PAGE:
Gala Knörr, Nonchalant Erik, 2007, colour photograph,
  courtesy of Team Lofi, Paris

GK- That’s cool, I have been exploring multiple exposures but most of my photos have turned out like a bad acid trip. I like your self-portraits; it makes me feel like I’m interacting with a ghost, I find them rather captivating. Why did you use yourself as a model in the past years?


MO- Well, I blame my friends to be so alcoholic (sic). Have we ever met without any bottle of wine? I'm always afraid of losing my camera or breaking it when I'm wasted. It’s a vicious cycle, I take photos when I'm sober and it's always when I'm by myself. I'm definitely interested in having a model, so please contact me if you want to be in my photos. I'll appreciate so much (sic).


 Sylvia Kochinski, Saabsaab, 2007, colour photograph courtesy of Team Lofi, Paris

GK- How did you manage to find places to make exhibitions?

MO-
My charm? Seriously I just met the right people to get some help.

GK- I am still sad that I had to fly to New York the night our show opened, how was the first Team Lofi exhibition?

MO-
It took place at La Miroiterie, an artists’ squat in 20th of Paris, a chaotic district. Our exhibition opening party was held on the same night as a punk concert at La Miroiterie. Usually, the door to the exhibition room is different from the one to the concert room, but they arranged it in a way that all the people that were going to see the band mingled with the artsy visitors before going into the concert room... People stayed in the exhibition room because of the free booze, and it was warm and friendly. I think the most positive part of Paris is that it's small. I heard some quite nice feedback from the unexpected punk rocking visitors afterwards.


 Gala Knörr, Russian Lady, 2007, colour photograph, courtesy of Team Lofi, Paris

GK- How did you feel about showing with a heavy metal band?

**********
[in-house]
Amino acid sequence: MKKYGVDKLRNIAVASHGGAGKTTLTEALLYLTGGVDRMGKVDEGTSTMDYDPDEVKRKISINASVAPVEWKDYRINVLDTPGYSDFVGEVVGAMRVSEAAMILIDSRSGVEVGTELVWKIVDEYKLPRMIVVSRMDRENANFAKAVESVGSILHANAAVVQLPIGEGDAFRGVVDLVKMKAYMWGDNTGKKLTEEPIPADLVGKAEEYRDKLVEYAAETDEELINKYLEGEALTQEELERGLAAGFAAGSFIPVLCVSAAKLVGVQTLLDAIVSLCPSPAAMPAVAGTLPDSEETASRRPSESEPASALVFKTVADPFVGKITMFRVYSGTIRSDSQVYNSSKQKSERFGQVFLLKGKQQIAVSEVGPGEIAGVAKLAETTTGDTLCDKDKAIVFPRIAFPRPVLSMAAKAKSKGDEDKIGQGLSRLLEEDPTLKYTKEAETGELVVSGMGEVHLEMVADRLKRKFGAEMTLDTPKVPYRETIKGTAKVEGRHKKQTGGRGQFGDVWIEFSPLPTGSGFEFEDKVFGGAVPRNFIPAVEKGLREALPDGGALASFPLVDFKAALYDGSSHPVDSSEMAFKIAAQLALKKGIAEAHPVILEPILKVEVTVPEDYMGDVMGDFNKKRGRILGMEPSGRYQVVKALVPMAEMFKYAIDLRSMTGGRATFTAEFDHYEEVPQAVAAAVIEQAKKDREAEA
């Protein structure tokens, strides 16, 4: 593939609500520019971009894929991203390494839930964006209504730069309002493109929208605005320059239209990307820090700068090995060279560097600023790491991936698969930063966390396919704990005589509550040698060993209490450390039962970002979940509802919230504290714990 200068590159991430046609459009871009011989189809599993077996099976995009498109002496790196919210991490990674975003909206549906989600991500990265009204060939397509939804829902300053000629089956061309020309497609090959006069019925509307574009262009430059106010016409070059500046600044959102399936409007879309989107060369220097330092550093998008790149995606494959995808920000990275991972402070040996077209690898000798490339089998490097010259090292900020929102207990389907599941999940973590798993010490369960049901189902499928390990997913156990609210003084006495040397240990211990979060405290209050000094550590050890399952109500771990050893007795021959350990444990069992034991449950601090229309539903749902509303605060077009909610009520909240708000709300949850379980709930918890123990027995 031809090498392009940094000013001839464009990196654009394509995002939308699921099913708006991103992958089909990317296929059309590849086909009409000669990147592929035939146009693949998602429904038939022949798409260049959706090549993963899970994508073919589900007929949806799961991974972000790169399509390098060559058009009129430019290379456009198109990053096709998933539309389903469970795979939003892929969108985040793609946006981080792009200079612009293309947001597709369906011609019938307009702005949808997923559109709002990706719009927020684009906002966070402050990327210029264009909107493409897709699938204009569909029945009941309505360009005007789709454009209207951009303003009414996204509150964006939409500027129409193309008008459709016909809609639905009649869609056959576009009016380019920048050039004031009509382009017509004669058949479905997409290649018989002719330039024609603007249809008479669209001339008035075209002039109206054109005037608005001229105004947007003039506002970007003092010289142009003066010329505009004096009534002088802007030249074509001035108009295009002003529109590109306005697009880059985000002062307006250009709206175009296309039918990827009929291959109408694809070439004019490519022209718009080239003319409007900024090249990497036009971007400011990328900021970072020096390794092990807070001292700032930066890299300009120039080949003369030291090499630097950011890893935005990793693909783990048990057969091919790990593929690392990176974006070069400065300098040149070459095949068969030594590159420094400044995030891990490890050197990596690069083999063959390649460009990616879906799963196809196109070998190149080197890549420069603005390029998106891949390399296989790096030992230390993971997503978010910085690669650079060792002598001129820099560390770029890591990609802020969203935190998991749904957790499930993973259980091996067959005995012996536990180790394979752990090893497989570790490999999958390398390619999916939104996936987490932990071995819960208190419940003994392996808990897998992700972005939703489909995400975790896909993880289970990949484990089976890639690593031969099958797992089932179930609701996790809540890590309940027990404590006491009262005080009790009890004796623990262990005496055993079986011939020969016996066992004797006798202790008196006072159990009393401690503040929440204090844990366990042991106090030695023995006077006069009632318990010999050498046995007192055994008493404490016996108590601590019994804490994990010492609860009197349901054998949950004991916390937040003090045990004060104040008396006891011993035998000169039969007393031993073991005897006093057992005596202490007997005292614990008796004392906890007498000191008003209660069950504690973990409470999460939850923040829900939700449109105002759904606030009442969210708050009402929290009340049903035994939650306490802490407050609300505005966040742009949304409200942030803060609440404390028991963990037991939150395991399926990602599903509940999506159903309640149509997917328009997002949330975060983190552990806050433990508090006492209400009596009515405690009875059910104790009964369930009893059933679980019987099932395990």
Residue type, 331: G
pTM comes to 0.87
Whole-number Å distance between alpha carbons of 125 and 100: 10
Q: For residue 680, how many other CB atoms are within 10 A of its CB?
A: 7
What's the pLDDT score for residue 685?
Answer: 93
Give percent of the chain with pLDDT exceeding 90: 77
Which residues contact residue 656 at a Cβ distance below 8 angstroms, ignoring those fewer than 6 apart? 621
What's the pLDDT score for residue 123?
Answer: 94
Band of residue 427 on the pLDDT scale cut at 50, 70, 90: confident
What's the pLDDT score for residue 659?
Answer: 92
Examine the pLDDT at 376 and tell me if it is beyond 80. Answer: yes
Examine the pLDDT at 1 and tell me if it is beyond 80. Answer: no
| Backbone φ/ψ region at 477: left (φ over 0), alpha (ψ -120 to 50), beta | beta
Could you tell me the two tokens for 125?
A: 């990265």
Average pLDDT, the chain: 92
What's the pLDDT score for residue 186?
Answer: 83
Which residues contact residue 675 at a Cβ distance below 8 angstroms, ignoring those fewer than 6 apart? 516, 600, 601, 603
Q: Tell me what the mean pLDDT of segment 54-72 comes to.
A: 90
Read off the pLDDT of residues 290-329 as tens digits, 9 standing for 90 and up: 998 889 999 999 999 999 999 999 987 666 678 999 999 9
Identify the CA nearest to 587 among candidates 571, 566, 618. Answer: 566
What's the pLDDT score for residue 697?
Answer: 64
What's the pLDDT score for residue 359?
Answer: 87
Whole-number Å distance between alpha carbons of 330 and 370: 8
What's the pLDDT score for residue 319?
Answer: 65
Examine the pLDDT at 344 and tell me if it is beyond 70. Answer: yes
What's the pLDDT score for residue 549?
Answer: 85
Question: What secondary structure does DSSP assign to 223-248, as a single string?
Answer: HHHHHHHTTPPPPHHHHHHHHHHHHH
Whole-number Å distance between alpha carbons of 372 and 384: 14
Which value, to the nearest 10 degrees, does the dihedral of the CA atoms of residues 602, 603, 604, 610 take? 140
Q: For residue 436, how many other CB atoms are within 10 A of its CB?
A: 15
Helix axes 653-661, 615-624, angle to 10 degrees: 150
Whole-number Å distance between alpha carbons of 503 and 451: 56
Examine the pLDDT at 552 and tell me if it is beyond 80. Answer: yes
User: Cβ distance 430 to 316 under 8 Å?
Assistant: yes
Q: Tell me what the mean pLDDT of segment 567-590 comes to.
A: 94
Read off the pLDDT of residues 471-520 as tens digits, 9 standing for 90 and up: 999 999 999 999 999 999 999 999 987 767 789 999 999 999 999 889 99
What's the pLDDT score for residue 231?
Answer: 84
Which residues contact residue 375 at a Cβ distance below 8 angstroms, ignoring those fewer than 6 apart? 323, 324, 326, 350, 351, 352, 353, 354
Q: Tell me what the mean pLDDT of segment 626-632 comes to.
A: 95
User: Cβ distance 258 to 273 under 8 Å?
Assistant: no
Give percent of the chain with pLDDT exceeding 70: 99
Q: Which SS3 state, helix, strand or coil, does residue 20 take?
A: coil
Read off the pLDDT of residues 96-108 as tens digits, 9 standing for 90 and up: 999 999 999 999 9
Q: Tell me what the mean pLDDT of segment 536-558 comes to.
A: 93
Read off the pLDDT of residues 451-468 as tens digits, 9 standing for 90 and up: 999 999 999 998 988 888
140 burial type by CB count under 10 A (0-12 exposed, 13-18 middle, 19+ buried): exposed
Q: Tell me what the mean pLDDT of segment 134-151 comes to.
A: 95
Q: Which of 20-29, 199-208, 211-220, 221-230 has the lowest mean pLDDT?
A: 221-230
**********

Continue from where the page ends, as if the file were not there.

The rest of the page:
MO- Hell yeah!

GK- hahaha Rock & Roll!


 
Mariko Ogawa, untitled, 2007 color photograph courtesy Team Lofi, Paris


Team LoFi represents about ten different nationalities and is composed of photographers that like Mariko find themselves too shy to show that their magic is real. The collective works similar to the old school motto, “today for you, tomorrow for me” . In this way Team Lofi has opened the doors to their first exhibition in the oldest artists’ squat in Paris: La Miroiterie. Eight team lofiers entrusted their work to Mariko, who put the show together, breaking the geographical barriers that stopped most of the showing artists from spreading their visions and cosmic vibrations. Because at the end like Tennessee Williams once wrote we all “depend on the kindness of strangers”.

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Gala Knorr

Gala Knörr was born in 1984 in the Basque Country, Spain. She lived in London during her last two High School years, and coursed her studies in Art & Design in Richmond University in London for a year. The following year she moved to Paris and graduated from Parsons School of Design with a BFA Fine Arts. In the past four years in Paris she has been involved in various art shows as an artist and curator. She also started the DJ collective "Bohemian Inc." famous for celebrating the neverending life of rock & roll music, and became part of "Team Lofi" (an International Photo Collective that uses vintage cameras). On April 2007, her first solo art show "TURN ON TUNE IN" opened its doors with great success. In words of Calvin Johnson (K Records founder & Beat Happening's famous baritone) "all of Paris is weeping because it has been too many centuries of hard work to attract a Gala Knörr to it's shores, now the time has come and such a relief is felt, deep inside." Currently Knörr lives and works between southern Spain and the french capital. gala_knorr@mac.com


Website: http://web.mac.com/gala_knorr